Failure teaches a lot — this is an axiom that often trips off Obama’s tongue.
Then what is the lesson the incumbent U.S. President must learn from his predecessors’ unsuccessful tussle with the DPRK over the past 70 years?
On June 25, 1950, the United States unleashed a war against the burgeoning DPRK out of an aggressive ambition to secure a bridgehead for its world supremacy on the Korean peninsula. It enlisted for the Korean front a colossal two million-strong force including the mercenaries of its 15 satellite countries, the south Korean troops and the remnants of the former Japanese army, to say nothing of its own army, navy and air forces. However, it lost one battle after another on the front line. Truman drank a bitter cup and left the White House.
Inaugurated in early 1953, Eisenhower initiated a new offensive to turn the tide of the war. This last-ditch venture, too, ended in a fiasco.
On July 27, 1953 the United States signed the Armistice Agreement, which was tantamount to a letter of surrender. In a radio speech, 59 minutes after the signing of the truce, Eisenhower described it as tragic and heartrending.
On January 23, 1968, the U.S. armed spy ship Pueblo was captured in the act of committing espionage in the territorial waters of the DPRK.
The then-U.S. President Johnson called a meeting of the National Security Council at the White House, in which he dubbed the capture of the vessel an act of war against the United States. He ordered that a huge task force led by the nuclear aircraft carrier Enterprise be dispatched to the waters off the Korean peninsula.
The United States issued an ultimatum to repatriate the vessel and its crew, or it would retaliate. The DPRK responded by declaring that it would retaliate against the “retaliation” and the “all-out war” in kind. The superpower had no option but to admit its criminal action and sign a letter of apology. Johnson called it the singular apology in America’s history.
The spyship USS Pueblo, now permanently moored on the Taedong River in Pyongyang.
Upon taking office in early 2001, Bush labelled the DPRK as part of the Axis of Evil and nullified the DPRK-USA Agreed Framework [on nuclear energy and for the normalization of relations] that had been signed during his predecessor’s term. His administration went to extremes in pressuring the DPRK politically, economically and militarily, and openly threatened preemptive nuclear strikes against it.
Bush accomplished a remarkable “feat” by orchestrating a new uproar on the nuclear issue. In the face of the United States’ ever-increasing nuclear threat, the DPRK declared that it could possess a nuclear deterrent or something else more powerful to defend its sovereignty and dignity.
And soon afterwards the DPRK carried out a successful nuclear test to affirm that the declaration was not a bluff.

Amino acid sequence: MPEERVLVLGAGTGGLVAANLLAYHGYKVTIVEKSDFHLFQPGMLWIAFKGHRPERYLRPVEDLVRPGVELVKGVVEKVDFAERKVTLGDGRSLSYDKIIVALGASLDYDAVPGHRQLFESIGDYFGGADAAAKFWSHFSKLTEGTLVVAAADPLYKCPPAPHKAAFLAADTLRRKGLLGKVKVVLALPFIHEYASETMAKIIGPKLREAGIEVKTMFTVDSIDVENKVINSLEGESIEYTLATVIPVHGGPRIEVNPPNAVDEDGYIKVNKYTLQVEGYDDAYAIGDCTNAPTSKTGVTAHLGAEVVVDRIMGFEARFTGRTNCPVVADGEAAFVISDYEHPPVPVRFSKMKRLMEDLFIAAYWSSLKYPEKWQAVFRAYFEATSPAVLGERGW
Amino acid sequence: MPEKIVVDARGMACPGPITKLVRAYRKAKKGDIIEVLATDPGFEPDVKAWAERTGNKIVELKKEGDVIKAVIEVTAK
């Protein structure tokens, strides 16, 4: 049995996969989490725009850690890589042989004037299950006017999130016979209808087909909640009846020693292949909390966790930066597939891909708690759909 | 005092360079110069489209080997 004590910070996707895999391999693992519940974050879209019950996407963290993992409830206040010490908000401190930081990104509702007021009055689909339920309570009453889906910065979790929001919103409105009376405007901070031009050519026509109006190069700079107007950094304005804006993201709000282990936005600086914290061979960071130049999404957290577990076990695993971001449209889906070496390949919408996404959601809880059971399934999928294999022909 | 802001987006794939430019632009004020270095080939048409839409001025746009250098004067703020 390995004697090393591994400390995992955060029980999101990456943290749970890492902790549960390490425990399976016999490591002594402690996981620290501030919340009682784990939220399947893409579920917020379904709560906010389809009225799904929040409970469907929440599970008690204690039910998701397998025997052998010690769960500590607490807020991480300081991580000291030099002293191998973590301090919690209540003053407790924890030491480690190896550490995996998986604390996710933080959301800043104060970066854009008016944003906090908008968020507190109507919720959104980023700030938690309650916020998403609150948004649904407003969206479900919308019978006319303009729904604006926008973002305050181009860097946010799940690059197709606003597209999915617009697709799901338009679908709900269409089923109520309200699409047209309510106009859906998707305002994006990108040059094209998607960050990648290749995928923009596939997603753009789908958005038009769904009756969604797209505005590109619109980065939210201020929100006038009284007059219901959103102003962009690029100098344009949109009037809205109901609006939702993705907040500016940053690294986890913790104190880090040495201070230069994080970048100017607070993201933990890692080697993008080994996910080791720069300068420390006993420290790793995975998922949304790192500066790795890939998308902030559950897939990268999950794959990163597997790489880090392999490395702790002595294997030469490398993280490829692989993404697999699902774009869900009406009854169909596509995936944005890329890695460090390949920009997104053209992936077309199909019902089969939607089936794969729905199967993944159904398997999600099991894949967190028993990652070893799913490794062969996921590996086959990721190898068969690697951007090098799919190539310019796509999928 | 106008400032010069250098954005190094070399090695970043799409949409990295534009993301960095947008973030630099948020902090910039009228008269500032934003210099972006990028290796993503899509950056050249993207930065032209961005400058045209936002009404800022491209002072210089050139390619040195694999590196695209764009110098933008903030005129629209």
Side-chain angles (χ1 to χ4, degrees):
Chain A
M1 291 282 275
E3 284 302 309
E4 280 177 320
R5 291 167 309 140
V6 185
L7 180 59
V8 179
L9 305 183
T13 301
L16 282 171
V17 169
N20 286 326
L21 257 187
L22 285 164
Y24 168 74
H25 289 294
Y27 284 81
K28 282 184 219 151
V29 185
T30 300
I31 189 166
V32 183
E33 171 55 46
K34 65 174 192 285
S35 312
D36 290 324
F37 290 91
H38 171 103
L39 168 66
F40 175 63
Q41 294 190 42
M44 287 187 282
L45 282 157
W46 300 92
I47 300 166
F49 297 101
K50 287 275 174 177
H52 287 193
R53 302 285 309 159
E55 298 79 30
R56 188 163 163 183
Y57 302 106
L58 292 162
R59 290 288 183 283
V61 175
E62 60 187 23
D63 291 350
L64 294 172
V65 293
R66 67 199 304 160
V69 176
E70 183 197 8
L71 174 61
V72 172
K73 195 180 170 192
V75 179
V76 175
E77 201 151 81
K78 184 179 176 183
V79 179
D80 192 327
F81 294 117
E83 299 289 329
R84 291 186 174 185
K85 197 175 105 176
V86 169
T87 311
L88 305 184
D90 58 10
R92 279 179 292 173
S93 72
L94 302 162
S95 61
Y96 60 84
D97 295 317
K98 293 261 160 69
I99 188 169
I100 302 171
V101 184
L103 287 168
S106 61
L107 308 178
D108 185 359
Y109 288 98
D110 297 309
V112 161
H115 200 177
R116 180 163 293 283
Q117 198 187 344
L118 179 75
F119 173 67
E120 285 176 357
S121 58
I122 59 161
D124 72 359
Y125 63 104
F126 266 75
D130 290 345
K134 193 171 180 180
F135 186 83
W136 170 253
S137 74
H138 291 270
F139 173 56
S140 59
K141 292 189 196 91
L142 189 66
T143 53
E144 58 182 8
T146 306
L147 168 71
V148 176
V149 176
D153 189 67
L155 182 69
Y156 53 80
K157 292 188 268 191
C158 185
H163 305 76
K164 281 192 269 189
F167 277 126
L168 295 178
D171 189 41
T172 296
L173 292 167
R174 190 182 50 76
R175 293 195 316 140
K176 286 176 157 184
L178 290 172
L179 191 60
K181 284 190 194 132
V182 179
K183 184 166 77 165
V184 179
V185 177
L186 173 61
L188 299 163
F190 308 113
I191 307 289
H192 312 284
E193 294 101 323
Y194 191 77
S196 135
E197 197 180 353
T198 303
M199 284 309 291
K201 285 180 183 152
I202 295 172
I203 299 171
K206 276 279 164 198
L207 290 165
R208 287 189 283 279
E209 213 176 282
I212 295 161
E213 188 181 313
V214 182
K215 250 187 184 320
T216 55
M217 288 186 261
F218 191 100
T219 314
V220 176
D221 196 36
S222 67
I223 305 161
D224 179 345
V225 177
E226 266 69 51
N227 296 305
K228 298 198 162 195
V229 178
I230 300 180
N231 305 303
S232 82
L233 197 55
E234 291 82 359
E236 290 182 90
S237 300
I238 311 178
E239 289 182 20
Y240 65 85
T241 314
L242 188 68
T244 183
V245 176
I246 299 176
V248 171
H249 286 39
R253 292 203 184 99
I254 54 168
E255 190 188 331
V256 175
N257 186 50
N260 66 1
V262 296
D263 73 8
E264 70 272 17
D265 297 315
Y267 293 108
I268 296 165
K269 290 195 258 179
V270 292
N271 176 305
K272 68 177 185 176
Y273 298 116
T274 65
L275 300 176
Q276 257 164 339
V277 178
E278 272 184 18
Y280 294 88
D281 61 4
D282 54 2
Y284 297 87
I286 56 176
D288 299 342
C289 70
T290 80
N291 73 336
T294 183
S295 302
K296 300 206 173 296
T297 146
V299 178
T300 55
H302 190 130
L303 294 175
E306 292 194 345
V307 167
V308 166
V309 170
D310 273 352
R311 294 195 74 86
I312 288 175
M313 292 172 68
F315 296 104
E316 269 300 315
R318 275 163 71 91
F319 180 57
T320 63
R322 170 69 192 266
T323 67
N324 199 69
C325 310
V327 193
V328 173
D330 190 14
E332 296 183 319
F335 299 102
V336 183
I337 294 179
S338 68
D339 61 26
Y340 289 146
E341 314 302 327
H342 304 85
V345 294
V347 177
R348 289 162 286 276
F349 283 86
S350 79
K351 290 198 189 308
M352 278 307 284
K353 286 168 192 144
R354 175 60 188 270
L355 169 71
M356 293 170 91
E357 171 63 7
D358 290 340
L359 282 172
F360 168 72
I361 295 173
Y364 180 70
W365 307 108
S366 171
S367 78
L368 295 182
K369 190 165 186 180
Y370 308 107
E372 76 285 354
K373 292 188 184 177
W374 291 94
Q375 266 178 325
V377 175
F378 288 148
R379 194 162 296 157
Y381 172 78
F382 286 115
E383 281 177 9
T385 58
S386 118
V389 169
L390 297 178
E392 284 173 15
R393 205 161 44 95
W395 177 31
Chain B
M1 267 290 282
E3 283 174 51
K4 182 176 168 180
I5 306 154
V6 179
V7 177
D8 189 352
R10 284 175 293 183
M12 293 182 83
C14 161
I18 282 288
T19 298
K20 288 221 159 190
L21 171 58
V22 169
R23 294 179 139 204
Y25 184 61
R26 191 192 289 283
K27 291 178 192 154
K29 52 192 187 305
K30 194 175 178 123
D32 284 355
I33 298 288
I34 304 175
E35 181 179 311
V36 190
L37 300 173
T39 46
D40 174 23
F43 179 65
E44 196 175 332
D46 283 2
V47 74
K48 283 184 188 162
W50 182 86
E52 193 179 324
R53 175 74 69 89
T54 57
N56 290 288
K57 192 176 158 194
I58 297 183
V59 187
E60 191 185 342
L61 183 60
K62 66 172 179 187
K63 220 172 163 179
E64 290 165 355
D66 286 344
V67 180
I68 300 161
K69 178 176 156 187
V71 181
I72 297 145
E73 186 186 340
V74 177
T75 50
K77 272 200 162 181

Conclusively speaking, Bush wielded the stick of the sole superpower, only to help the DPRK become a nuclear state.
Lesson for Obama
While running for the presidency, Obama used to clamour about the “recourse to diplomacy” in improving relations with the DPRK, as he might have realized from the lesson taught by his predecessors that a punitive or confrontational policy will not lead to progress.
But it turned out to be just a gimmick. Upon entering the White House, Obama adopted a policy of “strategic patience,” which was not designed to improve its relations with the DPRK.
The former Deputy Secretary of State, who was an active protagonist of this policy in the Obama administration, admitted that Obama could find no other alternative to debilitate the DPRK than by destroying its self-defensive nuclear deterrent.
The DPRK judged that in a major shift of policy the United States was scheming to buy time and there was no change in its ultimate goal to topple the government. It announced that it would simultaneously conduct economic construction and build up nuclear forces.
American hardliners asserted that Obama’s “strategic patience” afforded the DPRK an opportunity to develop its rocket technology and manufacture miniaturized nuclear warheads, further threatening the security of the United States. Against this background Obama has returned to the tough stand towards the DPRK, spearheading an outcry about “human rights” against it.
Recently, Obama was driven into a tight corner by his scandalous act of golfing in Hawaii while the domestic situation plunged into a chaotic mess because of [the protests against] rampant racial discrimination from the end of last year to the beginning of this year. He again provoked the DPRK by issuing a “presidential executive order” aimed at imposing additional sanctions upon it.
The DPRK declared that is is through with the United States and will take counter-measures to end the U.S. provocations.
What then should Obama learn from the seven decades of his predecessors’ high-handedness and from his own ineffectual policy? Failure teaches a lot and will teach him a bitter lesson.
(April 20, 2015. Slightly edited for grammar by TML.)